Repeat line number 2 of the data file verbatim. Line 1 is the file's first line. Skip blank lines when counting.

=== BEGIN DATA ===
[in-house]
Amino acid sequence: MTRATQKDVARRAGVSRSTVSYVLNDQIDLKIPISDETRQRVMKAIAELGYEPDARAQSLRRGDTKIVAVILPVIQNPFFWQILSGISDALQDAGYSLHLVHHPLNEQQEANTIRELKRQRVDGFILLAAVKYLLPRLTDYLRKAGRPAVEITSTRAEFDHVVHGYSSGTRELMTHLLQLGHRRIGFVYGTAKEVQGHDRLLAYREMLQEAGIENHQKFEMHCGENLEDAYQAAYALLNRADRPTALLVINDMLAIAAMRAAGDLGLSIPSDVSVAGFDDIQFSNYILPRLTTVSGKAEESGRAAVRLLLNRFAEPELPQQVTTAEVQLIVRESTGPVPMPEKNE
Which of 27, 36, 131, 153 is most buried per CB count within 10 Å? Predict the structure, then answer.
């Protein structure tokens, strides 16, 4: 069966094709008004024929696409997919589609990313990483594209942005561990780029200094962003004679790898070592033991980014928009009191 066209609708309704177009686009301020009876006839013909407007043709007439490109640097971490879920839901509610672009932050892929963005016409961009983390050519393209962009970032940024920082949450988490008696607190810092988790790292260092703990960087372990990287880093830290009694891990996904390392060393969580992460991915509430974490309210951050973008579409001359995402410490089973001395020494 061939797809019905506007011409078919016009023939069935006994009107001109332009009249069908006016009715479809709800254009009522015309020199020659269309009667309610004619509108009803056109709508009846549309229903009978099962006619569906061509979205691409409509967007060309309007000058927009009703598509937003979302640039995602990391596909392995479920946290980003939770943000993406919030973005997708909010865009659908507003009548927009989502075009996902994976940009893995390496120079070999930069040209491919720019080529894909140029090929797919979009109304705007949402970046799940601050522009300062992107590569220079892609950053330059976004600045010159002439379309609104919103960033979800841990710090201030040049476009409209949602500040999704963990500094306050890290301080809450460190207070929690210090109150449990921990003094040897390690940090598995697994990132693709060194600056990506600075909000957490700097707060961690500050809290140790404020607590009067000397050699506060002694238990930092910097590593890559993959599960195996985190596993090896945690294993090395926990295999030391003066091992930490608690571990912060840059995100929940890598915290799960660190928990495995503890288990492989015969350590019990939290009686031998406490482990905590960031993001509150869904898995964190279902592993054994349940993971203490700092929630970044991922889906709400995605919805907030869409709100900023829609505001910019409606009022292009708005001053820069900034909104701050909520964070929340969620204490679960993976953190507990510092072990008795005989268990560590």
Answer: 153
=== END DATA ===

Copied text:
Amino acid sequence: MTRATQKDVARRAGVSRSTVSYVLNDQIDLKIPISDETRQRVMKAIAELGYEPDARAQSLRRGDTKIVAVILPVIQNPFFWQILSGISDALQDAGYSLHLVHHPLNEQQEANTIRELKRQRVDGFILLAAVKYLLPRLTDYLRKAGRPAVEITSTRAEFDHVVHGYSSGTRELMTHLLQLGHRRIGFVYGTAKEVQGHDRLLAYREMLQEAGIENHQKFEMHCGENLEDAYQAAYALLNRADRPTALLVINDMLAIAAMRAAGDLGLSIPSDVSVAGFDDIQFSNYILPRLTTVSGKAEESGRAAVRLLLNRFAEPELPQQVTTAEVQLIVRESTGPVPMPEKNE